It was while out picnicking with her children near their Grassington home that Charlotte Walsh came up with her business idea.
“I live with my family in a picture-postcard village in the Yorkshire Dales and feel so lucky to live somewhere that other people come on holiday,” says Charlotte, 34.
“Along with the holidaymakers we love to spend sunny days down by the river with our children – picnicking, paddling and barbecuing on long lazy days. It’s beautiful, but sometimes the aftermath isn’t.
“Plastic bottles, coffee cups, sandwich wrappers and plastic straws wash downstream, a reminder of the everyday single-use plastics that we use and discard on a daily basis.
“Seeing the impact these have on our beautiful area got me thinking – how could I use my 15 years of manufacturing experience to make being green that little bit easier?”
Charlotte, who works in medical engineering in Ripon, is passionate about getting more girls and women into STEM (science, technology, engineering and maths) subjects.
“I really enjoyed design and technology at school, but my girls’ school didn’t teach it at A-level so I had to go the boys’ school,” says Charlotte.
She was also the only female graduate in her class at University of Hull where she studied product innovation (BSc Hons) and the medical engineering (MSc).
“I was never made to feel any different from everyone else, I was just accepted, but I am passionate about encouraging more girls to take STEM subjects and school and beyond.”
After graduating Charlotte first went into general product design before going into the medical devices industry.
And so when the mum of three came face to face with the problem of single-use plastics she drew on her engineering degree, and 10 years of manufacturing experience to develop her product.
“I really wanted an alternative to plastic straws, even before the Government decided to ban them. My children are young and so I didn’t think the metal straws were appropriate and they just didn’t get on with paper ones and so I came up with a simple mission – to create a convenient alternative to single-use plastic straws.”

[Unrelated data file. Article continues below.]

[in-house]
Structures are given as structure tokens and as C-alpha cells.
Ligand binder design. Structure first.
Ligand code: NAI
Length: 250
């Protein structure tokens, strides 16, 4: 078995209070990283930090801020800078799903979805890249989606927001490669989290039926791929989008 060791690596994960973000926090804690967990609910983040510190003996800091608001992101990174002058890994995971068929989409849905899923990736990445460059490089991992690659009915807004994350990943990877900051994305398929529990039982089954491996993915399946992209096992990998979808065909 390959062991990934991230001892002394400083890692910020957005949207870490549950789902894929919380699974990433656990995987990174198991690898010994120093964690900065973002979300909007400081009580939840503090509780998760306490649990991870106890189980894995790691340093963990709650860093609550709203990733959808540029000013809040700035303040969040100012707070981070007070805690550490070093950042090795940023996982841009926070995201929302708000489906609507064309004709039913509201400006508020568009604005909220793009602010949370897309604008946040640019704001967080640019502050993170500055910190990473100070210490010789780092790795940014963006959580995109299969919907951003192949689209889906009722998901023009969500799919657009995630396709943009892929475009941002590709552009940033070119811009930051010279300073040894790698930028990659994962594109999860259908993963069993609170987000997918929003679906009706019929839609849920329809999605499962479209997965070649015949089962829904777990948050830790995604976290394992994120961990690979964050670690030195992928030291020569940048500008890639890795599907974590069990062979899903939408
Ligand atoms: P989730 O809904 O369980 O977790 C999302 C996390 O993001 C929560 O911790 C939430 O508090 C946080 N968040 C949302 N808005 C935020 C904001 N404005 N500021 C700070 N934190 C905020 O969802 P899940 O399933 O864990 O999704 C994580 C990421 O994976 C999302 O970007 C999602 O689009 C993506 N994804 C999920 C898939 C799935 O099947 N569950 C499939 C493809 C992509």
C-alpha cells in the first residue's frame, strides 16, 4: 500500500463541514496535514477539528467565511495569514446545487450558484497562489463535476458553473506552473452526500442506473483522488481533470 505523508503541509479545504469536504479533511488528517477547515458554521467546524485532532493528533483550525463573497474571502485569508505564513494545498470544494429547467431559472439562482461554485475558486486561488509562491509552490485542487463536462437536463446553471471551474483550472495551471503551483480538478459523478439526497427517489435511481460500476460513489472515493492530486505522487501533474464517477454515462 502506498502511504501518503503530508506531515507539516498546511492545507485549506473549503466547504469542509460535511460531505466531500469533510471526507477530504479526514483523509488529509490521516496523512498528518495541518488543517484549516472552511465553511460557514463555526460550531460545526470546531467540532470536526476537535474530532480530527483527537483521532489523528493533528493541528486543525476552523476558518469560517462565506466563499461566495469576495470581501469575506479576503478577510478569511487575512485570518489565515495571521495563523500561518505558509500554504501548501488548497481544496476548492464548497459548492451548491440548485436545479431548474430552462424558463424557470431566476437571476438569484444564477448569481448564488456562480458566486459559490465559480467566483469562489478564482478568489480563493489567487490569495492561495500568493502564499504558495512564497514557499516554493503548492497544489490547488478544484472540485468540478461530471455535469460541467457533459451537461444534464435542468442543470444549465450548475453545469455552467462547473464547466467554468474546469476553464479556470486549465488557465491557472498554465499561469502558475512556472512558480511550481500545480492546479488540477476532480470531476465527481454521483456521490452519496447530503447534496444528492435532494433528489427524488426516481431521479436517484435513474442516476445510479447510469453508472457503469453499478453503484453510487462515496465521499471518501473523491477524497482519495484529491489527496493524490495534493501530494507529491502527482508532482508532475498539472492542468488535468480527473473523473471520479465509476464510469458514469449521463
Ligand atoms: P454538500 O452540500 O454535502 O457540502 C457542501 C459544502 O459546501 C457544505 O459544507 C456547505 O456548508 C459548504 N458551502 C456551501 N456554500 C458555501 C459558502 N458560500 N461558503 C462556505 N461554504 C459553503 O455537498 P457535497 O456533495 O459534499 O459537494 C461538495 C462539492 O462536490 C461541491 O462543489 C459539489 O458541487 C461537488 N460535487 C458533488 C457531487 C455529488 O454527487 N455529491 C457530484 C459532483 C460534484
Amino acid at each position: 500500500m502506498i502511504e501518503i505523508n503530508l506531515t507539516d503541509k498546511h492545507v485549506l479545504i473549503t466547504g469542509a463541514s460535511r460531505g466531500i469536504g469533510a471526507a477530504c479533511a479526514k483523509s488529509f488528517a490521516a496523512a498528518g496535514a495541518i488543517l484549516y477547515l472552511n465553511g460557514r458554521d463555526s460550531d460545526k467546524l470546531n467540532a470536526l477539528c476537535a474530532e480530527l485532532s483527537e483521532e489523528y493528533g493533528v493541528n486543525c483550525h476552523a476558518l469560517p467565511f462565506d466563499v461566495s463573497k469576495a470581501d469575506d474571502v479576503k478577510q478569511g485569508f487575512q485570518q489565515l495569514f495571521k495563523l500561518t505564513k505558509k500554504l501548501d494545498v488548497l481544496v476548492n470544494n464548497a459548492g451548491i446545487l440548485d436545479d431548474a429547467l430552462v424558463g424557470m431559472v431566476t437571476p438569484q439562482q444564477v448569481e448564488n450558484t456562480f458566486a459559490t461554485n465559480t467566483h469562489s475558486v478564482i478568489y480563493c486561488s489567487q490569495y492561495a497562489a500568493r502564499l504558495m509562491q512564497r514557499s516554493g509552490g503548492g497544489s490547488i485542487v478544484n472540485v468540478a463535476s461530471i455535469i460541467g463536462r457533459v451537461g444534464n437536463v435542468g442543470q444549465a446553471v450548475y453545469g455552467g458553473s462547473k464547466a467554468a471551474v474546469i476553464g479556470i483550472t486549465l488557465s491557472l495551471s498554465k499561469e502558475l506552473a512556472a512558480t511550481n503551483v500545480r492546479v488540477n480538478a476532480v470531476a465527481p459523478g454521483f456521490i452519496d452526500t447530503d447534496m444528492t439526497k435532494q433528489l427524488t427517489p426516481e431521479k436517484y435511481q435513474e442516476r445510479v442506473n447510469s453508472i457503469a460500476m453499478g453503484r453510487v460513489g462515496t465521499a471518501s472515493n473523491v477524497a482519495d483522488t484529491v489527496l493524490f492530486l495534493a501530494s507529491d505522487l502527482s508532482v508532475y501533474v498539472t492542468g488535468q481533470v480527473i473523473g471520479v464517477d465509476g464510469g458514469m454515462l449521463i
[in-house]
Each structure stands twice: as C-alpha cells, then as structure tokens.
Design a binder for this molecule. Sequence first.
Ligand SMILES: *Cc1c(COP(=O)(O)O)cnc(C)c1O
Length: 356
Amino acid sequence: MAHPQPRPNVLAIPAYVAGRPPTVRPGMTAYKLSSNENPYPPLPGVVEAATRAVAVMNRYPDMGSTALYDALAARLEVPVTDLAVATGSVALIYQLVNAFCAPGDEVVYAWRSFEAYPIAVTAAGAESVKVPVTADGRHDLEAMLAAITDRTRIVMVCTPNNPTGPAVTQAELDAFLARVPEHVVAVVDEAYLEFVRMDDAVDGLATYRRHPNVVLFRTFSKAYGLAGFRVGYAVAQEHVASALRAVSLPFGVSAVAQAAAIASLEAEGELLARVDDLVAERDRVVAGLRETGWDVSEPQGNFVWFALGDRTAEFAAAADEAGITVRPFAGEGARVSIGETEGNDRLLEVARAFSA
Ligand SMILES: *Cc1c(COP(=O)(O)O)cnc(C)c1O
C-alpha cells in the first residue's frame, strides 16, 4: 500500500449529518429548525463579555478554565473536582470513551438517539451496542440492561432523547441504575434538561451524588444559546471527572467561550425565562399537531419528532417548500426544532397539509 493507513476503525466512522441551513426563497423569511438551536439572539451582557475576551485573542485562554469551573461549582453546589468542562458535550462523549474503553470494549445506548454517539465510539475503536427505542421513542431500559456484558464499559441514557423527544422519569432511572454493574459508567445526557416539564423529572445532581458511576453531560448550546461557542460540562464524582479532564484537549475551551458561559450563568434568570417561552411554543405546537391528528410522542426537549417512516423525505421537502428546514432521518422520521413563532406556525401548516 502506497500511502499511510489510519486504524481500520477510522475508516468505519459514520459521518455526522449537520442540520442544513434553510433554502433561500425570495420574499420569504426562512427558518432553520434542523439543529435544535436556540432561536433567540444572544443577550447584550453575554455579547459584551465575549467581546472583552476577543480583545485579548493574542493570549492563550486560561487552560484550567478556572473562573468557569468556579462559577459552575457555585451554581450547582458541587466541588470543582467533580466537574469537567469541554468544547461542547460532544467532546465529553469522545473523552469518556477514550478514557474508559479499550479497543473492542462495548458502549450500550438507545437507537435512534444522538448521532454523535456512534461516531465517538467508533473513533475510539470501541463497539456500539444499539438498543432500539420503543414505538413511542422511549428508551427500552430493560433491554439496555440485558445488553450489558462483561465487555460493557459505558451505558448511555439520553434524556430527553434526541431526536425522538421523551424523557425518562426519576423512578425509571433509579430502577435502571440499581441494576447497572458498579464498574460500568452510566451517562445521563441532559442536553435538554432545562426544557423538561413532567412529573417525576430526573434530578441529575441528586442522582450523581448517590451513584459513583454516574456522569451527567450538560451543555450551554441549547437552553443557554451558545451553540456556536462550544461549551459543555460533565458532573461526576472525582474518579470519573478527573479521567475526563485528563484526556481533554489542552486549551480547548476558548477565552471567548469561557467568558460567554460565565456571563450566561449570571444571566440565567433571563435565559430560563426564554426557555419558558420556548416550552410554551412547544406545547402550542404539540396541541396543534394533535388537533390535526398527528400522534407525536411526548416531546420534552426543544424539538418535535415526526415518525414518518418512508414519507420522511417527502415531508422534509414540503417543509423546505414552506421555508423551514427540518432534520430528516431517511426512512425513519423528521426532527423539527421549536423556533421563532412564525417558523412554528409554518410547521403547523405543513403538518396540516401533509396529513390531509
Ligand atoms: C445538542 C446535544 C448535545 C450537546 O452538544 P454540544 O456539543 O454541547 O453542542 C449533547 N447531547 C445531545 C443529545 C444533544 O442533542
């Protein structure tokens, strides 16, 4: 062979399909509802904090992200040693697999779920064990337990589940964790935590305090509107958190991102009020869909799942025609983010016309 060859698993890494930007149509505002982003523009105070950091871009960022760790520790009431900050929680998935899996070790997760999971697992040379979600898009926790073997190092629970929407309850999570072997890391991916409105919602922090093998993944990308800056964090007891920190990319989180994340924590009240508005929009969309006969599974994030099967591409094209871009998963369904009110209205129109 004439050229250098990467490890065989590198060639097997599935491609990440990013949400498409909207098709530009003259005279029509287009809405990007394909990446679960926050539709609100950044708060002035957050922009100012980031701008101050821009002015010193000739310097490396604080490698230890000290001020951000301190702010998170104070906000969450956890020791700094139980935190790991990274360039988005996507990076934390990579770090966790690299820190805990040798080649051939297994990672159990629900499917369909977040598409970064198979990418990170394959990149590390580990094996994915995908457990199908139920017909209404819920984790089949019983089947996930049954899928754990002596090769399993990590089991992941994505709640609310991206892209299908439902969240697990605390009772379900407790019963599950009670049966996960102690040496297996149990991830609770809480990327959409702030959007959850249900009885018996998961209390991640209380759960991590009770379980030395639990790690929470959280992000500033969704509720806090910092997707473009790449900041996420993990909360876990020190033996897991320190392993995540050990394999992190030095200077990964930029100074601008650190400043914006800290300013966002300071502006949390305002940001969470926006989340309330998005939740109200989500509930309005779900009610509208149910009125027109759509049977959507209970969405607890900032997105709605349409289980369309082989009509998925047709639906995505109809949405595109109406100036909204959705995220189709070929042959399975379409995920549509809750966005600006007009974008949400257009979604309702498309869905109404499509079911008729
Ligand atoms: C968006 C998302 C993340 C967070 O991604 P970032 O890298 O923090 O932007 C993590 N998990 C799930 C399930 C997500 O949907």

And so the engineer in her got to work and she came up with a reusable silicone alternative to plastic.
“Our products are beautifully simple in design and made using the highest quality food-grade silicone here in the UK,” explains Charlotte about what makes her product different to others on the market.
“While some companies have their eco products made in China, we will always manufacture our straws here in the UK. It’s better for the environment and the local economy – ensuring that we promote sustainable living while controlling our ethical impact too.
“By manufacturing reusable silicone straws in the UK we provide a sustainable alternative to the single-use straw. The UK Government has now introduced a plastic straw ban, which is great for the environment, but not great for those who love a straw, and especially not for children who seem to love to nibble the ends off the paper straws.
“Our reusable silicone straws are designed and made in the UK from food-grade silicone which is BPA-free and vegan-friendly as they contain no animal products.”
Charlotte explains that the silicone is much more durable than plastic so her straws can be used again and again. They can be washed in the dishwasher and come with a brush.
“The straws are perfect for all ages as they are bendable and will withstand a little chew. We were determined to make sure that they felt right in the mouth and so a lot of development work went into them,” she adds.
“They can be cut to size, allowing them to work perfectly will all cup sizes. The children call them ‘Mummy’s straws’ and they just love them.”
But it isn’t just children that Charlotte has in her sights.
“I was starting to work with some bars and restaurants but then the pandemic hit and they all closed. But I am once gain looking at that market – the gin market, in particular – with the use of Instagram, Facebook and Tik Tok.”
She’s also looking at the cocktail market.
“There are some beautiful handcrafted cocktails and then someone puts a paper straw in it which disintegrates and tastes horrible.”
Charlottes silicone straws come in a multipack or individually packaged in a travel box. They come in multiple colours and she even supplies her local school which was struggling to find alternatives to plastic straws.
“I want to make it easier for people to live their lives greener. I have to admit that I have really only started to think about trying to live greener in the last five years since having a family,” admits Charlotte, whose children are five, three and one.
“I then started to look at just how much plastic we were using, particularly single-use plastic.”
And it isn’t only straws where Charlotte thinks she can make a difference. She is busy working on other ideas and plans to expand her product range in the near future.
She also has a recycling scheme where customers can send worn out straws back to Charlotte for them to be recycled.